I’ve had several occasions now where I talk to an author, and they mention how frustrating it is that this publisher has the rights to their book and, for one reason or another, the publisher refused to give the rights back when the author asked for it. I promptly ask the first question that comes to my mind: “So, do you think you’ll exercise your termination right?” The author either gives me a blank look, or proceeds to tell me how their contract doesn’t give them grounds to terminate. I have yet to encounter an author that knows about this important and valuable tool, which is why I’ve decided to write this article.
The termination right is not a contract right. It is a right that is given to authors under the Copyright Act, and the Act very specifically states that this right cannot be sold, licensed, given away, or contracted out of. It belongs to you and you alone (though it does get passed to your statutory heirs after you die). So what is the termination right? Basically it’s the right to get your copyright back thirty-five years after you’ve given it away (i.e. the right to terminate your grant or license).
Why would Congress do this? Unlike many other goods, a copyrightable work’s value is unknown at the time it’s created, especially if it’s the author’s first work. Congress wanted to give authors a second chance to profit from their work, after its value had been ascertained by the marketplace. The previous Copyright Act tried to do this by creating two copyright terms (originally, in 1909, the first term was 14 years, and you had to renew your copyright to get an additional 14 years of protection). However, the Supreme Court ruled early on that an author could give away rights to both terms at once, which pretty much destroyed the whole “second chance” concept. This was a large factor in Congress’ decision to create an entirely new Copyright Act, and they came up with the termination right in order to give authors a second chance that couldn’t be taken away from them.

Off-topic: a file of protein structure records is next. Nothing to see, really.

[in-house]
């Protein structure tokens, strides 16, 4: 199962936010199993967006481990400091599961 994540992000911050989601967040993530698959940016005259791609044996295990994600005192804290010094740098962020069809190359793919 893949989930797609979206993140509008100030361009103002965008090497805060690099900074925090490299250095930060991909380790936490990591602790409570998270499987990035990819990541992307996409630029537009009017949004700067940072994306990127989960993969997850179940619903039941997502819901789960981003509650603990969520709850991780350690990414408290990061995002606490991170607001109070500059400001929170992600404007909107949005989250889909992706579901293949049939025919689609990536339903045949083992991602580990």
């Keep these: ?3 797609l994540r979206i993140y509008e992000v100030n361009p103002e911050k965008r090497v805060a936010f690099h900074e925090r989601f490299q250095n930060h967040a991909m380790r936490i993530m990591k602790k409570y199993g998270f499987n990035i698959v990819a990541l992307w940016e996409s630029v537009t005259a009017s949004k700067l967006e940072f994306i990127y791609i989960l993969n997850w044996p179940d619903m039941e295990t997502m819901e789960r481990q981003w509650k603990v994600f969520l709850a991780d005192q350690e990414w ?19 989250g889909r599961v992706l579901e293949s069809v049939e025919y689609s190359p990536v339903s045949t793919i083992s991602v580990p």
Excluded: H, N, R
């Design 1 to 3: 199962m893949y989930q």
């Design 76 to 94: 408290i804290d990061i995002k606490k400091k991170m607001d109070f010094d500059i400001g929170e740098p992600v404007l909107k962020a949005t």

So how does the termination right work? First, you have to give notice to the current rights holder (with a cc to the Copyright Office), that you intend to exercise your termination right and get your copyright back. You have to give the notice two to ten years before the termination becomes effective, so you have an eight-year window to get it all done (actually, that window is even larger, since you also have a five-year window in which to actually exercise the termination). The Copyright Office has a lot of requirements for what must be included in the notice; if you want all the gory details you can look here (http://www.copyright.gov/docs/201-10-final.pdf) or you can talk to an attorney and/or have them draft it for you. Actually, I would talk to an attorney anyway, because while thirty-five years from the date the grant was made is the rule of thumb for when you can first exercise the termination, in some cases the timing might be different (and if you made the grant before 1978 and have already missed your thirty-five year window, there’s a second window you can take advantage of).
Once you’ve given notice, the ball is in the publisher’s court. They might spew and sputter about it, but there’s usually not much they can do; the right has fairly consistently been upheld in court (though there have been exceptions, which is another good reason to talk to an attorney and make sure those exceptions don’t apply to you). They may also come to you and offer to negotiate a new contract that will let them hang on to the copyright. Just remember two things: 1) this is a completely new contract, not a renewal of the old one, so all terms are up for negotiation; and 2) the termination right can only be exercised once, so if you make a new contract that you regret later, you’re stuck with it.
If you have questions, or if you want talk to an attorney about exercising your termination right, please send me an email at firstname.lastname@example.org.